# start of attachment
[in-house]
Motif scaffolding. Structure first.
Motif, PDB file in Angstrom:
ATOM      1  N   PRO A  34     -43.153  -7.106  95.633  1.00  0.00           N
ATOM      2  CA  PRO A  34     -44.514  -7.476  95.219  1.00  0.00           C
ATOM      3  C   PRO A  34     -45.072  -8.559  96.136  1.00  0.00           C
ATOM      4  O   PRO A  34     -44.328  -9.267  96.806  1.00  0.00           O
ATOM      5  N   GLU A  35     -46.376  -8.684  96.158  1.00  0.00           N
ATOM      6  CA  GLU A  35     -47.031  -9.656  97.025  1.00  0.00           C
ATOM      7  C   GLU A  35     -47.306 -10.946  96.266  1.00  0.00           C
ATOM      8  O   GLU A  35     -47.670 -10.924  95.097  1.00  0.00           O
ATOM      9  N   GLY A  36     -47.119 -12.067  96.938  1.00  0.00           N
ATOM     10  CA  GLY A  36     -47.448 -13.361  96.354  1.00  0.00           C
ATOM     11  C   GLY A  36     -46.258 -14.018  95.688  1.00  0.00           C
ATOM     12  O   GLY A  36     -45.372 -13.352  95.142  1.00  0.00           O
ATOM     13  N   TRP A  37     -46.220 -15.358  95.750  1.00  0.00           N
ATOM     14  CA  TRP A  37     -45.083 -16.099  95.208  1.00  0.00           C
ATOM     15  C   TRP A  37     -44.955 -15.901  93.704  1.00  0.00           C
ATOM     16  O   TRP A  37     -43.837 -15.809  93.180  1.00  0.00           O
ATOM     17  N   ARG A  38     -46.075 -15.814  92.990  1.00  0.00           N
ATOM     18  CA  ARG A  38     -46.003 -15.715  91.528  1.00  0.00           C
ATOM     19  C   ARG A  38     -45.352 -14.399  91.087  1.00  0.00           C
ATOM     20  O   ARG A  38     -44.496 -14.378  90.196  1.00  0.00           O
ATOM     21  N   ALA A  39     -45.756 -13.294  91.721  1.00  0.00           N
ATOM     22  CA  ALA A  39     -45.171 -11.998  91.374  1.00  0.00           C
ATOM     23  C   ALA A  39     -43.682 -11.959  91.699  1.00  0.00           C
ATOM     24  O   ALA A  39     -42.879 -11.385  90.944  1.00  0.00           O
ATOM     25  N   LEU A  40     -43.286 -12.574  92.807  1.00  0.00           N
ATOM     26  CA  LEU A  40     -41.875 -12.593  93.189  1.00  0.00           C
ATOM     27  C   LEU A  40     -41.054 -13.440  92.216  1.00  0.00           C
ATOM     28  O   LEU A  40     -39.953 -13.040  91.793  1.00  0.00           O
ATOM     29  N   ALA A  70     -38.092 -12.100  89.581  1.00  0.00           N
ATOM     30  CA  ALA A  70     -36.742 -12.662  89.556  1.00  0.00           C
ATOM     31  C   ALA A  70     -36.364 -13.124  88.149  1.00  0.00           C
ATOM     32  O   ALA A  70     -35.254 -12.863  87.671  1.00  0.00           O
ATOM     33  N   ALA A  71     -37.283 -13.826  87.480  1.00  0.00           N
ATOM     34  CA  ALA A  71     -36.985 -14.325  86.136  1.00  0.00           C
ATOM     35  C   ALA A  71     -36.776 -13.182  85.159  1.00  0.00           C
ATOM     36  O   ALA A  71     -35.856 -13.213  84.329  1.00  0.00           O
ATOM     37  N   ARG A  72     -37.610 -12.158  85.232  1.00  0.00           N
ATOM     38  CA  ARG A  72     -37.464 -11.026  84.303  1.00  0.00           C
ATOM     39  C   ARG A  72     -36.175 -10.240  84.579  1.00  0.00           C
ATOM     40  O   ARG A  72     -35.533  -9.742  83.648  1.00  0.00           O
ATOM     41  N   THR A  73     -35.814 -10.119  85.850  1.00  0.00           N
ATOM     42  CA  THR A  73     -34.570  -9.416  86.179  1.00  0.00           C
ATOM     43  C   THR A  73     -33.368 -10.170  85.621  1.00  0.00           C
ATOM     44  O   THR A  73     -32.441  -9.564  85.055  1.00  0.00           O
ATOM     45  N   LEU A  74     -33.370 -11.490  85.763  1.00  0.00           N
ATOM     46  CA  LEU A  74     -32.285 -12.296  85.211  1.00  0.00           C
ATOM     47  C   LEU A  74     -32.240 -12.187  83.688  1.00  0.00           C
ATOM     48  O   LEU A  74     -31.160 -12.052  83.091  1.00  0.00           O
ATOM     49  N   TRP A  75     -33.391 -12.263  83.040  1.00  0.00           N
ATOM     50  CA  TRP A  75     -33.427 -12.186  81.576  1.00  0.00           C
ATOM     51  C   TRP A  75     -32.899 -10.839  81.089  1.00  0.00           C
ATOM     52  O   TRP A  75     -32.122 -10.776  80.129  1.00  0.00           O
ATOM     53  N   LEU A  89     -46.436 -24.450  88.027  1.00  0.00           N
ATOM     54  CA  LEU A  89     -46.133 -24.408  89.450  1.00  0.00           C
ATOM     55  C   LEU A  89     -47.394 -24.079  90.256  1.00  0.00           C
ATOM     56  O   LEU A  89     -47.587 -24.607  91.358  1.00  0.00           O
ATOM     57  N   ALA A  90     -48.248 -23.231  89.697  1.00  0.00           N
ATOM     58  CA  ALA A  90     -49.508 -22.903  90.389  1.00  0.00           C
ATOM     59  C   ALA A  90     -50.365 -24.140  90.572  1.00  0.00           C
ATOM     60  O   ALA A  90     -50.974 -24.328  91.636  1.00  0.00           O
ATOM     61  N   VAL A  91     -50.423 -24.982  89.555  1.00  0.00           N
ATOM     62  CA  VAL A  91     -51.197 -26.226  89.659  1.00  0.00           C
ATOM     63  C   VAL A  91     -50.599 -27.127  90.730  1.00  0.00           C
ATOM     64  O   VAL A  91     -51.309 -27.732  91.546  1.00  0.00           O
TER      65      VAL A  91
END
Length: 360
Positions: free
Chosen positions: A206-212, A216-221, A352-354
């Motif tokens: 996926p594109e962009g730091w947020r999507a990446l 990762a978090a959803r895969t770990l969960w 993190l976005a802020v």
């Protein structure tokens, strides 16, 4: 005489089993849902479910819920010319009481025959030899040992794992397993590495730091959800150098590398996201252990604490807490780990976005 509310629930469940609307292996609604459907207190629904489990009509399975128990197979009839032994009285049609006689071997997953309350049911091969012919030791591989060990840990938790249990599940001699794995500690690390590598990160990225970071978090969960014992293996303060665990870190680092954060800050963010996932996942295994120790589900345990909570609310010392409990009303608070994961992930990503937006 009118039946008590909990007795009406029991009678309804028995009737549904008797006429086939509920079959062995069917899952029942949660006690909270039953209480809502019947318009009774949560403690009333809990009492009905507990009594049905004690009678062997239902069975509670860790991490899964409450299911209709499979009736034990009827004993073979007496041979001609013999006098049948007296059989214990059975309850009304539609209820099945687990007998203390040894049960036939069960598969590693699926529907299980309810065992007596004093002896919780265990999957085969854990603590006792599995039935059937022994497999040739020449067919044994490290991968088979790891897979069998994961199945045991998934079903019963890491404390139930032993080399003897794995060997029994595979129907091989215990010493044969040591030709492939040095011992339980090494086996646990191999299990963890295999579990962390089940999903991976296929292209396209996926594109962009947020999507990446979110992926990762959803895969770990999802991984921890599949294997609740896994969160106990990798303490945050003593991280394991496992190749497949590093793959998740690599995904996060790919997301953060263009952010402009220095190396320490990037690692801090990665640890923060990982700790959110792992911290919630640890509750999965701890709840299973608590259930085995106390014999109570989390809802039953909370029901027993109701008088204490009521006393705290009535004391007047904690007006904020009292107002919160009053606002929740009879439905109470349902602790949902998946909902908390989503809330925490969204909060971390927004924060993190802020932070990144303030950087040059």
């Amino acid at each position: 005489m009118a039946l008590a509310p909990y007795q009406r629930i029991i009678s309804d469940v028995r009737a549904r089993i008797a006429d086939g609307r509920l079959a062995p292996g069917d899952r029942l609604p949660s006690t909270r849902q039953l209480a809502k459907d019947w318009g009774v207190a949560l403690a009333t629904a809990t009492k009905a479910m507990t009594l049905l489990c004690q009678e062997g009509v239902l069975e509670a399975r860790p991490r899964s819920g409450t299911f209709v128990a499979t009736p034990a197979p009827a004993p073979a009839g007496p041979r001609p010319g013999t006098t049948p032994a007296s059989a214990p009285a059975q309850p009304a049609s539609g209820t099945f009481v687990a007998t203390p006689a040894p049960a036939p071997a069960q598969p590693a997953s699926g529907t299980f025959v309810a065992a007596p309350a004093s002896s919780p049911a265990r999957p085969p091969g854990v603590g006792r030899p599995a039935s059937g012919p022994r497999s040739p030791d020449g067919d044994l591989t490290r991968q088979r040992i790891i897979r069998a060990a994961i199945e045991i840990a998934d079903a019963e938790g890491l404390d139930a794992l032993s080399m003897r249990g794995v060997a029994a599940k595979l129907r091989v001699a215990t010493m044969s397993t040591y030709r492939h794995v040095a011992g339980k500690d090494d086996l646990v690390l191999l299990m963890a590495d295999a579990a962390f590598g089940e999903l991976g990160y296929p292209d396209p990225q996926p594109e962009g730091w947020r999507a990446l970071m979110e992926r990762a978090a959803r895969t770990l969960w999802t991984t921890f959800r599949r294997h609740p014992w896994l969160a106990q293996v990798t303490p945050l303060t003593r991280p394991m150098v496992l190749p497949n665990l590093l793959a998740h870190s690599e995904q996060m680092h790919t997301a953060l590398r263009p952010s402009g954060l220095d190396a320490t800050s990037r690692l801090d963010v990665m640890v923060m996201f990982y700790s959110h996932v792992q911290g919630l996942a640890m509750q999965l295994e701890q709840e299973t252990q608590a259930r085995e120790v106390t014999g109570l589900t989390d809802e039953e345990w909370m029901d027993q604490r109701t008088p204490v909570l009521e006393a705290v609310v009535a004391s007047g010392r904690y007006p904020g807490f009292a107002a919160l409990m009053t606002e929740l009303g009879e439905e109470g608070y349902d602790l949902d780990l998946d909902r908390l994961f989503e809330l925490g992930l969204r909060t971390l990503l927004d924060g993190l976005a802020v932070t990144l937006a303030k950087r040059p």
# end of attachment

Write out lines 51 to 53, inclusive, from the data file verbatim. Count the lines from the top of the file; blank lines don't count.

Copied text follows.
ATOM     48  O   LEU A  74     -31.160 -12.052  83.091  1.00  0.00           O
ATOM     49  N   TRP A  75     -33.391 -12.263  83.040  1.00  0.00           N
ATOM     50  CA  TRP A  75     -33.427 -12.186  81.576  1.00  0.00           C